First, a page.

On the app side, Google Play Pass includes polished third-party camera app Camera MX (normally free with ads, plus individual paid-for tools), advanced automation tool Tasker (normally $3.50), and creative art package Infinite Painter (normally $10 to unlock everything). It’s fair to say the games are more impressive than the apps on Google Play Pass, but then there aren’t that many top-tier paid-for Android apps in the first place—the freemium or ad-supported model is much more common on Google’s mobile OS, especially when it comes to apps.
Here’s another difference to Apple Arcade—all these games and apps can be bought by anyone on Android, Play Pass or no Play Pass. This is in contrast to the Apple approach, which locks away its titles so they can’t be got at by anyone who isn’t putting $5 a month into the Apple coffers. If you ever decide to leave Google Play Pass, you can still pay for your favorite apps and games on an individual basis, and from what we can tell it appears your app settings, game saves, and so on will be retained.
The exact size of the Google Play Pass library is difficult to ascertain, but kudos to Android Police for listing some 460 available titles. Google promises that more apps and games are added to the roster every month, but it’s also important to note that titles can leave the program as well—which is going to be very frustrating if you’re only halfway through completing a particular game when it gets pulled. We haven’t been on the subscription long enough to really tell, but developers abandoning the service doesn’t seem to be a huge problem (if you know different, let us know).
To sign up for Google Play Pass, open the Play Store on your Android device, tap the menu button up in the top left corner, and choose Play Pass. You’ll then see a new Play Pass icon in the navigation bar at the bottom, which can direct you to everything you get for free, split up into categories like Logic games, Games you might like, Productivity, and New to Play Pass. Everything’s very easy to get around, and if you’re browsing the Google Play Store outside of the Play Pass tab, you’ll see an icon next to the titles you can get for free.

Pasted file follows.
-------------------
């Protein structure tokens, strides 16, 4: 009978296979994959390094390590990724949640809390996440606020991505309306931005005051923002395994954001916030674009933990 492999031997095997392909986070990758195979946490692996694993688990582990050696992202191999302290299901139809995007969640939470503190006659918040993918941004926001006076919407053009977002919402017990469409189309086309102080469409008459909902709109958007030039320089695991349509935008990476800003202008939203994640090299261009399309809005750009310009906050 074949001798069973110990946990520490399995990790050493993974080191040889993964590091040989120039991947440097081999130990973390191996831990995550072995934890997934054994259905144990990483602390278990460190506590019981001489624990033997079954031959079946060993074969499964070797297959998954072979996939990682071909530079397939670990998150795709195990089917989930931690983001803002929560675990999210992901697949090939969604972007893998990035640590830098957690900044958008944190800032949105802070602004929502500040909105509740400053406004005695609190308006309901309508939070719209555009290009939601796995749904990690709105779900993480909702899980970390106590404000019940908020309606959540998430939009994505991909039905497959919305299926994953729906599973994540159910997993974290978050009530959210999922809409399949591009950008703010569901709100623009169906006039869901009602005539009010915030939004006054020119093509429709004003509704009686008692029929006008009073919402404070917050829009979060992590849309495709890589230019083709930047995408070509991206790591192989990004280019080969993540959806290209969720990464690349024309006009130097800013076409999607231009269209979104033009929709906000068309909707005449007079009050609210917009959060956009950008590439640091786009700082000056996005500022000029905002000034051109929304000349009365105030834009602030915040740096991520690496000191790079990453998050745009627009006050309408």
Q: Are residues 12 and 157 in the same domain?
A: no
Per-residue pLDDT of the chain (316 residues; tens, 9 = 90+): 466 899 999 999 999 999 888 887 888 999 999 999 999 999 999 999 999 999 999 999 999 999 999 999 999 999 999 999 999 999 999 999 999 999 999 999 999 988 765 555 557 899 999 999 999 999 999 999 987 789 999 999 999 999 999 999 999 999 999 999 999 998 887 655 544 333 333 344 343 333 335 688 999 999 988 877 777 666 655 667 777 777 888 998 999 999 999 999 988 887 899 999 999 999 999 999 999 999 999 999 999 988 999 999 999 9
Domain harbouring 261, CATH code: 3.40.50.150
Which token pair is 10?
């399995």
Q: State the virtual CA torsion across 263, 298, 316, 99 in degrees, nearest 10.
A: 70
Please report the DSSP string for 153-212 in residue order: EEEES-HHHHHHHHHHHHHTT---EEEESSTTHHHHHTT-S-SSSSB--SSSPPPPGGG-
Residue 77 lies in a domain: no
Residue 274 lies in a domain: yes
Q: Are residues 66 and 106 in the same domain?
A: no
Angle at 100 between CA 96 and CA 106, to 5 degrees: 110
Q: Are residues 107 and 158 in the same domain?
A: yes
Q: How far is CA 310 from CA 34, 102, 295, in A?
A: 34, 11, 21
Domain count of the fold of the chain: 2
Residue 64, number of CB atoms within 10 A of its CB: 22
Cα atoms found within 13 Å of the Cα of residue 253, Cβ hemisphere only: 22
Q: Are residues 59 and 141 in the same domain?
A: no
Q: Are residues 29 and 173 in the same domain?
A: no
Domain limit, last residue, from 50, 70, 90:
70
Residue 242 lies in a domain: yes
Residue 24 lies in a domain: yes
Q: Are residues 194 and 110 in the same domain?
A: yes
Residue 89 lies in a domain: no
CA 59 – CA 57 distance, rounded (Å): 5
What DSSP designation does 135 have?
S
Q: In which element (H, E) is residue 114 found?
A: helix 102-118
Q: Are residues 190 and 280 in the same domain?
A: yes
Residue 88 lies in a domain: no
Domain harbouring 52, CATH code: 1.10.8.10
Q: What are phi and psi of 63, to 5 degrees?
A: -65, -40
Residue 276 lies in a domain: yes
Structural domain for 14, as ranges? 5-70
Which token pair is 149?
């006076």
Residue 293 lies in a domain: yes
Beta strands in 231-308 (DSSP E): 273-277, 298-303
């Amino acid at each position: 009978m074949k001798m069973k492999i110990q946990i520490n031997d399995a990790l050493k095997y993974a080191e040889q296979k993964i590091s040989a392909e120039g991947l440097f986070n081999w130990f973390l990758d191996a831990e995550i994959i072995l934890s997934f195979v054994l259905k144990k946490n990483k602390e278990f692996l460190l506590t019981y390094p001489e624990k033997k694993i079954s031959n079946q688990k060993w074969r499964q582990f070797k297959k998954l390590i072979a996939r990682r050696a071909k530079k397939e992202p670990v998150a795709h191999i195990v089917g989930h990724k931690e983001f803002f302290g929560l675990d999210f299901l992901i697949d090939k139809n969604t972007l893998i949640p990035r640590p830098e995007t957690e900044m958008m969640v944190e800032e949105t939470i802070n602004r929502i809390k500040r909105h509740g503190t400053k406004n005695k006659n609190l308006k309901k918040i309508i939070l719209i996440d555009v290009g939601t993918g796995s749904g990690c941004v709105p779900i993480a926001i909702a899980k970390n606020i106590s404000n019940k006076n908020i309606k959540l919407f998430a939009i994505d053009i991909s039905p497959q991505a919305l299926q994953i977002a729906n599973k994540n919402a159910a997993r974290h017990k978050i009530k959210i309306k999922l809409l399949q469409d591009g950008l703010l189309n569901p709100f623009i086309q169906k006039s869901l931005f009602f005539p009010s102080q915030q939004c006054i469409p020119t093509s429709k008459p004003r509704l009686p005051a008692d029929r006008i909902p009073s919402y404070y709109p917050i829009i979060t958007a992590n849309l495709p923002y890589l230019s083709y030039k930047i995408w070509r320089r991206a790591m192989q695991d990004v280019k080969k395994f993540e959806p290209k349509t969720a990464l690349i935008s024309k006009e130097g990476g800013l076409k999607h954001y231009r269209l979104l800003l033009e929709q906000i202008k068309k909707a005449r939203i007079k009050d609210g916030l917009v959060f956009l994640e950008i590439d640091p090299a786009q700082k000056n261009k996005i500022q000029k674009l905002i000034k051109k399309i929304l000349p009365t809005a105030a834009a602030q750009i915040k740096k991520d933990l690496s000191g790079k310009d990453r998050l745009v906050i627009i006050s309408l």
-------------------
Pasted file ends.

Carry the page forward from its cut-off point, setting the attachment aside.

A few more housekeeping notes: You can use Google Play Pass across as many as 10 different devices, as long as they’re all signed in to the same Google account, and you can use it with up to six other family members through the Google Play Family Library. That’s just about the same deal as Apple Arcade is offering.
From our time with Google Play Pass, it seems to offer some but not all of the best games on Android gaming—Stardew Valley, Limbo, and Old Man’s Journey are in, but Alto’s Odyssey and Tiny Room Stories: Town Mystery are out. As for the apps and utilities, while there’s a good selection, some of the best paid-for Android apps—Sleep as Android, Nova Launcher Prime, WolframAlpha—aren’t included.
In some ways this question doesn’t really matter—if you want a monthly apps and games subscription package, then you’re just going to get the one that comes with your phone. That aside, if you look at them independently of their platforms, both Apple Arcade and Google Play Pass have their own particular strengths.
For Apple Arcade, it’s the quality of the games (which is true of the Apple App Store in general of course). There are more than a hundred top-quality titles available here, and we could play games like What the Golf?, Mini Motorways, and Where Cards Fall for weeks. What’s more, new and quality titles are being (slowly) added all the time, so the available library is only getting bigger and bigger.
What irks us about Apple Arcade—and makes us slightly prefer the Google Play Pass approach—is that once you stop paying, you lose access to all those great games. At least with Google’s subscription service, you can sign up to pay for your favorite one or two games as normal through the Play Store. Here’s hoping that changes as Apple Arcade evolves.
We like the way the Google Play Pass includes apps in addition to games as well, though it’s debatable just how many you’re going to find appealing and actually make use of. As both Apple Arcade and Google Play Pass can be tested for free, it’s worth your while to at least see what’s available on the services and how many apps and games are likely to become a regular part of your routine.